HUD Releases Long-Awaited Regulation Implementing The Fair Housing Act’s Discriminatory Effects Standard
FOR IMMEDIATE RELEASE: February 08, 2013
The Lawyers' Committee for Civil Rights Under Law (Lawyers’ Committee) applauds the release today of the final Department of Housing and Urban Development (HUD) regulation entitled “Implementation of the Fair Housing Act’s Discriminatory Effects Standard.” The proposed regulation, first published for comment in November 2011, formalizes the long and consistent interpretation of the Fair Housing Act by HUD, which has repeatedly determined that housing policies and practices can be determined to be discriminatory not simply through their intent, but also by their effect.
This interpretation is consistent with the uniform interpretation of the Act by the federal courts of appeals, which have consistently held for over forty years that liability under the Act may be established based on a showing that a neutral policy or practice either has a disparate impact on a protected group, or creates, perpetuates, or increases segregation. Moreover, it creates a uniform national standard that should help harmonize the somewhat differing standards for proving discriminatory effect claims that now exist between some of the circuit courts of appeals. The Lawyers’ Committee applauds HUD for providing a long needed regulation on the propriety of disparate impact claims under the Fair Housing Act and to clarify the standard of proof.
“This regulation will foster the goals of the Fair Housing Act and benefit the clients and constituents of our organization. It provides a national standard for courts, housing providers, municipalities and the financial and insurance industries,” said Lawyers' Committee President and Executive Director Barbara R. Arnwine.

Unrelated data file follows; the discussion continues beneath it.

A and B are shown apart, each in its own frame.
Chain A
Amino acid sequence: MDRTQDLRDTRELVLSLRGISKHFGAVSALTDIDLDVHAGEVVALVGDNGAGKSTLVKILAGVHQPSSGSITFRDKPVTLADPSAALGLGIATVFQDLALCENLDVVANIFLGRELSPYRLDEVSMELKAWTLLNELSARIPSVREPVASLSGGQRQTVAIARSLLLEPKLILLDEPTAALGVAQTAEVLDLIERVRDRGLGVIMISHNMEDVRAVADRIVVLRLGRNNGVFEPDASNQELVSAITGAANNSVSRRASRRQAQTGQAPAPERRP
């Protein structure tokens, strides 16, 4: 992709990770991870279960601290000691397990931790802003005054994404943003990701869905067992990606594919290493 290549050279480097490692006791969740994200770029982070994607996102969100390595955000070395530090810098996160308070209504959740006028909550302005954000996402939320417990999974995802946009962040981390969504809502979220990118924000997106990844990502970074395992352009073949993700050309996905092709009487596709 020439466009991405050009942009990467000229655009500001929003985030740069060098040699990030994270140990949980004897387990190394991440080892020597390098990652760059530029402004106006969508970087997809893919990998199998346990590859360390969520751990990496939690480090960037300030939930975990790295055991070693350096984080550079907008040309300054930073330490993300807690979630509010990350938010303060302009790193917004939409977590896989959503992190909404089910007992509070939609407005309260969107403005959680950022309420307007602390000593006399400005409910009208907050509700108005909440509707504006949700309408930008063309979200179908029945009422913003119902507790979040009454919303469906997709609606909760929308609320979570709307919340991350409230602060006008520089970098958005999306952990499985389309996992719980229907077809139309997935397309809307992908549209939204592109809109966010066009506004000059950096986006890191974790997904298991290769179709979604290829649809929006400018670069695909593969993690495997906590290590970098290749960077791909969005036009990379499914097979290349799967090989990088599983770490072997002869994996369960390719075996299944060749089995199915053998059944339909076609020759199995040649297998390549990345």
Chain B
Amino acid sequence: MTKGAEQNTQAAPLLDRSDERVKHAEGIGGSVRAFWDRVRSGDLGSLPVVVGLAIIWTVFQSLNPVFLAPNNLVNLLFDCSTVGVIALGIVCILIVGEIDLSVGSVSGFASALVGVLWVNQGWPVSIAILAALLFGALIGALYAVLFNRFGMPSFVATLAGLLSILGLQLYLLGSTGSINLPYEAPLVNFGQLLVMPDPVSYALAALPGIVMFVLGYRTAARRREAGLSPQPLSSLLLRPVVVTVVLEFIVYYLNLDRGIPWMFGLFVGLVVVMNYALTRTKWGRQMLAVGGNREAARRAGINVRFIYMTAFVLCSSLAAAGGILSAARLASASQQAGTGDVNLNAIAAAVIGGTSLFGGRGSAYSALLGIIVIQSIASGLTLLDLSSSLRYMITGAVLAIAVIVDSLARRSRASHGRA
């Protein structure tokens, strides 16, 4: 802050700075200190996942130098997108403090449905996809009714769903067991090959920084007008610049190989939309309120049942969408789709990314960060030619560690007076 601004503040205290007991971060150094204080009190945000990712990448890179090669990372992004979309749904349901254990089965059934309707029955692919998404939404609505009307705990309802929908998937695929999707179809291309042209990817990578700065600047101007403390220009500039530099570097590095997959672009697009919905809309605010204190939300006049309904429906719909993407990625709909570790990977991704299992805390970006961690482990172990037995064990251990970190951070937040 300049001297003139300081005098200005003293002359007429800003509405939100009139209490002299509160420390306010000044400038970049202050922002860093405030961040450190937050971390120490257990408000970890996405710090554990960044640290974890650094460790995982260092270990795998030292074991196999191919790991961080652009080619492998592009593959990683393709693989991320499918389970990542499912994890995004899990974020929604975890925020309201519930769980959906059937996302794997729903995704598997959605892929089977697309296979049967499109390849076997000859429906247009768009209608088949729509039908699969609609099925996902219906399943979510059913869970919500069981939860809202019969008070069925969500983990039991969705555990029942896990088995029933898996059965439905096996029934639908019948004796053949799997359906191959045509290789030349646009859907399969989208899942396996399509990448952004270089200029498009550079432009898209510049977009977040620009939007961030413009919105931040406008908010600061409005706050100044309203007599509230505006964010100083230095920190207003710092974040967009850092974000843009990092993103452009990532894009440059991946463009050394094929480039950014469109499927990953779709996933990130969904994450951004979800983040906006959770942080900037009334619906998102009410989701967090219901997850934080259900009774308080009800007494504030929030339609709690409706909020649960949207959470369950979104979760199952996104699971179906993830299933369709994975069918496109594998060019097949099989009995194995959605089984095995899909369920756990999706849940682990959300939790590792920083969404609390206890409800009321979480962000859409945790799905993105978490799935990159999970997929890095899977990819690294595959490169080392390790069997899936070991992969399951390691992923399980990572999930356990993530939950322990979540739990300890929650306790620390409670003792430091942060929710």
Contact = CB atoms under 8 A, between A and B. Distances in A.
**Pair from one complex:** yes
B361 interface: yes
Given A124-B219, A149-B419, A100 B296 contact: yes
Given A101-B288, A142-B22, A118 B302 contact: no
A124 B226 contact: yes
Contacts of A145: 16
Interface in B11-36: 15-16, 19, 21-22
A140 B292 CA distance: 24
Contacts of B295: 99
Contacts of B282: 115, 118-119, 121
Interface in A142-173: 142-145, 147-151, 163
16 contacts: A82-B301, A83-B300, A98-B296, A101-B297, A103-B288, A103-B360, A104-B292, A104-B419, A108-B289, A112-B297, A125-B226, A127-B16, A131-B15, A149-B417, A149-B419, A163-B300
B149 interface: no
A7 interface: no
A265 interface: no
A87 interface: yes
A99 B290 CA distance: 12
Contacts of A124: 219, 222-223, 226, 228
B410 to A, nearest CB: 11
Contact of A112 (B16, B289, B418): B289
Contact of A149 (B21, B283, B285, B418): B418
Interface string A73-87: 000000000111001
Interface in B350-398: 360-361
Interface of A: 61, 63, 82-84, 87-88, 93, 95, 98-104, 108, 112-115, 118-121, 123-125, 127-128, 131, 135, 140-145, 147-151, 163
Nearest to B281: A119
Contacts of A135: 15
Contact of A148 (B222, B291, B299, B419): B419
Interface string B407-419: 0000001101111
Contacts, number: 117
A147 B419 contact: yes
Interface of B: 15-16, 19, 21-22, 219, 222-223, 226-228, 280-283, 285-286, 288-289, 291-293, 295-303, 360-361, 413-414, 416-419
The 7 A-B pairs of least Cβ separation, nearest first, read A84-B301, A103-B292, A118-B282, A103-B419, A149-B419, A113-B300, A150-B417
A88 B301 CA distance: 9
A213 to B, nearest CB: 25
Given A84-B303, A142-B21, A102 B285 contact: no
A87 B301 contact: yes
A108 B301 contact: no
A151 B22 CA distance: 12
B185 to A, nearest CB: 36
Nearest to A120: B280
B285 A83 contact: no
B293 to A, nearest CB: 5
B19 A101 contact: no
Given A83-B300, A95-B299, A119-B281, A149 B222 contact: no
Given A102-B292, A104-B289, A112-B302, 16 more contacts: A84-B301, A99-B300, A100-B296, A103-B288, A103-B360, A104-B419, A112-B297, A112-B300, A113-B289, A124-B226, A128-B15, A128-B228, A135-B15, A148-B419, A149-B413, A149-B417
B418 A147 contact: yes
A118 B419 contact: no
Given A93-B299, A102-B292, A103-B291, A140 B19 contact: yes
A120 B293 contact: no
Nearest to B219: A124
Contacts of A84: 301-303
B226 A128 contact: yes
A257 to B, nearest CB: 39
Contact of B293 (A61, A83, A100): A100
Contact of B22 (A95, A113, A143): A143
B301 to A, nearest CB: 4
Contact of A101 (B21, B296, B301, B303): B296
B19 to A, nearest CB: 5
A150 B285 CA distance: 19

Where you live determines where you work and how you get there, your access to healthcare, and the school your child attends. Unfortunately, policies and practices still exist that – intentionally or unintentionally – keep some people out of housing they can afford simply because of who they are. As a national leader in combating housing and lending discrimination, the Lawyers’ Committee has long worked to eliminate housing discrimination and promote inclusive communities through private enforcement of the Fair Housing Act.
“The importance of the discriminatory effect standard to effective and vigorous fair housing enforcement cannot be overstated,” said Joseph Rich, director of the Lawyers' Committee's Fair Housing and Fair Lending Project. “This is illustrated by the breadth of cases relying on disparate impact claims.”
Examples of cases relying on disparate impact claims are numerous and far-reaching and include:
· Cases attacking zoning and land-use policies and decisions which result in both discriminatory denial of housing to minorities and the perpetuation of residential segregation;
· A wide variety of cases attacking lending and insurance policies which adversely affect groups protected by the Act; and
· Cases challenging governmental redevelopment or demolition plans or policies that disproportionately displace minorities by eliminating lower income housing.
The HUD press release on the regulation is available here.
About the Lawyers’ Committee
The Lawyers’ Committee for Civil Rights Under Law (“LCCRUL”), a nonpartisan, nonprofit organization, was formed in 1963 at the request of President John F. Kennedy to involve the private bar in providing legal services to address racial discrimination. We are celebrating our 50th anniversary in 2013 as we continue our quest of “Moving America Toward Justice.” The principal mission of the Lawyers' Committee is to secure, through the rule of law, equal justice under law, particularly in the areas of fair housing and fair lending; community development; employment; voting; education and environmental justice. For more information about the LCCRUL, visit www.lawyerscommittee.org.
Note to Media: To coordinate interview opportunities with Lawyers’ Committee staff, please contact Stacie Royster, 202-445-6101 or firstname.lastname@example.org.